317. 589. 8529

Compensation Sense: Compensation for Millennials – 10 Things Younger Workers Need to Know

July 13, 2017
Compensation for Millennials

The realities of compensation for millennials can be surprising, simply because this group is newer to the workforce. Lacking years of deep “real world” experience, millennials might be surprised by many aspects of current compensation practices and standards in today’s workplace. With that in mind, here is a list of 10 truths and tips – a reality check, if you will – to help make the “black box” of compensation for millennials easier to understand and deal with:

  1. Your annual merit raise is not going to be much more than 3%! Since the most recent economic recession, most employers have kept base pay increases low. They’ve also introduced variable/incentive pay for employees to earn additional income. If you are an outstanding performer, you might get a little more than 3%, but do not expect to receive large annual increases.
  2. You may be getting some of your compensation via an incentive/variable pay program. This type of pay program requires you to earn this extra compensation each measurement period by meeting key metric deliverables. Be sure you understand how to make additional compensation through whatever incentive/variable pay plans are available to you. If there is not a variable pay plan in place for your position, ask your supervisor if one could be established.
  3. You may not get large promotional increases. Again, employers have dialed down large increases, even when the worker is promoted to a higher-level position. You will likely receive an increase for a true promotion which is typically defined as a significant change in responsibilities or significant increase in responsibilities. You should not, however, anticipate an increase every time you pick up one small additional responsibility or an increase in responsibilities just because volume increases.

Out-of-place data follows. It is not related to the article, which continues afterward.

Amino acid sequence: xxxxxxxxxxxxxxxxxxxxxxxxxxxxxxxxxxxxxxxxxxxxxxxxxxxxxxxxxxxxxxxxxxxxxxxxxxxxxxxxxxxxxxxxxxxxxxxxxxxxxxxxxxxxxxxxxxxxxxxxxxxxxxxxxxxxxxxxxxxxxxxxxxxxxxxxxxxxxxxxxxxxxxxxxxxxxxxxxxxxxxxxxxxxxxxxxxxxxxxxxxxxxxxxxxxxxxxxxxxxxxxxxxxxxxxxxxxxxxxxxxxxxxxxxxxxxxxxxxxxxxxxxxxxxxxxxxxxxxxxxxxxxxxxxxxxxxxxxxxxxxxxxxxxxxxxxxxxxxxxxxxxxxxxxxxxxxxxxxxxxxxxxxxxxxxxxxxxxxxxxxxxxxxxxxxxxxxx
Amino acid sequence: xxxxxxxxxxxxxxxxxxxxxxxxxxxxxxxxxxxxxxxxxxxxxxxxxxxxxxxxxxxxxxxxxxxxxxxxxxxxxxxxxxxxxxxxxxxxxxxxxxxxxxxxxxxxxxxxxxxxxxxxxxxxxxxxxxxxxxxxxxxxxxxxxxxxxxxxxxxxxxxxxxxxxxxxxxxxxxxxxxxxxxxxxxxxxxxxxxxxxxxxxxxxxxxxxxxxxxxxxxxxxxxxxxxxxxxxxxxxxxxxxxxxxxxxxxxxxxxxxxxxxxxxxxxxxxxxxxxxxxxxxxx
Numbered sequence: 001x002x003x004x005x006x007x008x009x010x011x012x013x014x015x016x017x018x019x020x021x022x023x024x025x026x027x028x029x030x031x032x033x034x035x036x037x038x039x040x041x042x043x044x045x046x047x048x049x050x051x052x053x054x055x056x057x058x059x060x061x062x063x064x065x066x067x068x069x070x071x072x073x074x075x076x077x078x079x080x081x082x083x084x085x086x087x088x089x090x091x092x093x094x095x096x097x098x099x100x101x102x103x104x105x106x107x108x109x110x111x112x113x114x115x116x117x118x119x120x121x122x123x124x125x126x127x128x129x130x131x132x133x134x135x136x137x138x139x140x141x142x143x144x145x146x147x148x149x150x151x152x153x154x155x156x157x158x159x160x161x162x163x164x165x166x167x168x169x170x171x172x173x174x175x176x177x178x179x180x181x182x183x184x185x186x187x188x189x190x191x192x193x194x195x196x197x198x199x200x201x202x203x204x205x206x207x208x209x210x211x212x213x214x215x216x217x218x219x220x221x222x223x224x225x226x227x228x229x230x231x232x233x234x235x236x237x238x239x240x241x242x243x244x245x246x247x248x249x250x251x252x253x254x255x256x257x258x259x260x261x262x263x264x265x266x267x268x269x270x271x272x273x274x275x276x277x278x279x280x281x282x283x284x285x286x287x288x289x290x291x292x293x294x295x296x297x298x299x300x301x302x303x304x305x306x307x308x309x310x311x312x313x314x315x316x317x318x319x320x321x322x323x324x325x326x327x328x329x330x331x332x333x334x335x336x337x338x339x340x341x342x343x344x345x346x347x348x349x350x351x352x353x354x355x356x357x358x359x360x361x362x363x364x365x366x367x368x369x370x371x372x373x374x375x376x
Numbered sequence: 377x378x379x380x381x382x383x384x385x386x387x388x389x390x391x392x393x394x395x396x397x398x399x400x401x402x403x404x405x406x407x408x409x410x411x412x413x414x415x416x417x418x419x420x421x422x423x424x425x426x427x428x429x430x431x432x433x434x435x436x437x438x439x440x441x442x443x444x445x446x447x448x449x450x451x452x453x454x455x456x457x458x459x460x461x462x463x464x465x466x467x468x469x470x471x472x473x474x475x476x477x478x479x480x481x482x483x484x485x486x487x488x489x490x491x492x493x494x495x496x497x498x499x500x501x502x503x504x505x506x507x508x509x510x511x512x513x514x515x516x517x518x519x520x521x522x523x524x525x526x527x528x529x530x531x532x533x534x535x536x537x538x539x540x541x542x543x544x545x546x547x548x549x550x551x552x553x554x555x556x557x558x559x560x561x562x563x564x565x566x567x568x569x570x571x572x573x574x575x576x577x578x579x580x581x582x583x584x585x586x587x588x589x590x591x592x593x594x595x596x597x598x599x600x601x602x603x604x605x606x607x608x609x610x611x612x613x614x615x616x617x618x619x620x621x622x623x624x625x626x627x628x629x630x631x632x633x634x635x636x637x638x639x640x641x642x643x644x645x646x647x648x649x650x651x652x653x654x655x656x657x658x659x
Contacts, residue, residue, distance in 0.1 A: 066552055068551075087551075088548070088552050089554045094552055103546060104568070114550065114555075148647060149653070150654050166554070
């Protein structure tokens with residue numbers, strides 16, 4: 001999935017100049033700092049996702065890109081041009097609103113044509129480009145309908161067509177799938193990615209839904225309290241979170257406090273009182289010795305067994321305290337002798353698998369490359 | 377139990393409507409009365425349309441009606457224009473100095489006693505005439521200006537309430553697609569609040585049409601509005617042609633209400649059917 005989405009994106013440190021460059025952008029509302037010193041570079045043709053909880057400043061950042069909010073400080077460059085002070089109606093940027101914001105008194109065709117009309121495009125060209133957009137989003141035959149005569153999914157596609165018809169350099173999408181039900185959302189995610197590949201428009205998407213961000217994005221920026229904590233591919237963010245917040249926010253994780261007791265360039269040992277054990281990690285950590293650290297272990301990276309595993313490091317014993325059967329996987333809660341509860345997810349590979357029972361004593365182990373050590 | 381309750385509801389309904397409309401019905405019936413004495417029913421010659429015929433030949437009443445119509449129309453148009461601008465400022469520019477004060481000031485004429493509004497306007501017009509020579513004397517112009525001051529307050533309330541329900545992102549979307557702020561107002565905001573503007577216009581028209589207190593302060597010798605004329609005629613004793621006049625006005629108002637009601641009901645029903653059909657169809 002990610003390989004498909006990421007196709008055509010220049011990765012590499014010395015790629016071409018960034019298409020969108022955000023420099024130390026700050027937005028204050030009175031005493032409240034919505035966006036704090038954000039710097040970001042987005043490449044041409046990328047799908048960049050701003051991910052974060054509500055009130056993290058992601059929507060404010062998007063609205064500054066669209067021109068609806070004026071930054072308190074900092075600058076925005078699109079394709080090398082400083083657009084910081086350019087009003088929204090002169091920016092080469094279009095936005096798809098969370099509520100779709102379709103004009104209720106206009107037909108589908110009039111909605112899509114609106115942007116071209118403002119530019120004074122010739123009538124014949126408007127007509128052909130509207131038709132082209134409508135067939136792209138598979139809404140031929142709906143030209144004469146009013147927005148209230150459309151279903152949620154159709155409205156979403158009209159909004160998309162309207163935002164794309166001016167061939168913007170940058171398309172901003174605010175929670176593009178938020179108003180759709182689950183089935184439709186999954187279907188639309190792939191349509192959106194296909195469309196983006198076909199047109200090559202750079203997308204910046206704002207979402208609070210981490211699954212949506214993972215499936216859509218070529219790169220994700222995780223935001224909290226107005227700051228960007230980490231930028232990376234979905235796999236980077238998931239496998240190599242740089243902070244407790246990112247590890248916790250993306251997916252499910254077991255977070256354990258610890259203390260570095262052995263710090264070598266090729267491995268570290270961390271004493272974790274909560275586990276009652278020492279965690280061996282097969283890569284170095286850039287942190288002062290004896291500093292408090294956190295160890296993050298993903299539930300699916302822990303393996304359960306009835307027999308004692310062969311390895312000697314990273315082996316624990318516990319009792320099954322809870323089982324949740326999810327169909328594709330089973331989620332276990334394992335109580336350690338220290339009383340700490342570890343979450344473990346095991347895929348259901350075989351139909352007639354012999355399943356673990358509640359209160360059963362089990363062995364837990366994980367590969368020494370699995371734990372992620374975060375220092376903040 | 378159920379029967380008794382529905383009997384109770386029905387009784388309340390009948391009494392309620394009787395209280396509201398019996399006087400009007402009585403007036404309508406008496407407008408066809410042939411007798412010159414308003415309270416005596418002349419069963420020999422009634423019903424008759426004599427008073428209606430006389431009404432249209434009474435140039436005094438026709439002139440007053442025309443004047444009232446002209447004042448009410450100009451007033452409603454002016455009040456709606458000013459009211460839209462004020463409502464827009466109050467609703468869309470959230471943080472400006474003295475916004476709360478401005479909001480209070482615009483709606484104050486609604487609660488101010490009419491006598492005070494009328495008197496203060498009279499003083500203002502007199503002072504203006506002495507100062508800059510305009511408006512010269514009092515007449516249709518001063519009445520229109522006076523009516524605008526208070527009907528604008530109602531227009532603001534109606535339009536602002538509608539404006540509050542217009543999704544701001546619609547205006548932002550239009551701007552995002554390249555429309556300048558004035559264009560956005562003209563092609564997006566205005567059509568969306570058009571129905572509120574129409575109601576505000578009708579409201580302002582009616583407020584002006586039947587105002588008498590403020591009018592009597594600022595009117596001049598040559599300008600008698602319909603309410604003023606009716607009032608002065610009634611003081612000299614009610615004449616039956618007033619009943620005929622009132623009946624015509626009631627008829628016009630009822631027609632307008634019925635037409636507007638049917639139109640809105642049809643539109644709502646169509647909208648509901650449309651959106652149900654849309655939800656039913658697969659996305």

4. Do not rely on salary data you find on the internet as a realistic source of data. Many employers only use third-party salary survey sources where the data is provided by employers to determine the fair market value of a position. Third-party salary survey providers ensure jobs are matched appropriately and the data is scrubbed and verified. Internet sources typically rely on employee reporting, and that is not always accurate. What’s more, employee-reported data may not include accurate job descriptions or a true indication of the experience level required for the job. Such information is key to fair market value data.
  5. Do not expect to be paid at the mid-point of fair market value. The mid-point of fair market value is typically reserved for employees who can perform all core responsibilities and are fully competent in the functions of their job. Naturally, it is expected that most employees may take several years to reach fair market value for their position.
  6. Your employer may or may not share the pay range for your position with you. Each organization determines if it wants to share the pay range for an individual’s job with them or not. While some fully disclose pay grade and pay range information company-wide, many do not. If your employer does share this information with you, don’t expect to be paid at mid-point until you have several years of experience on the job.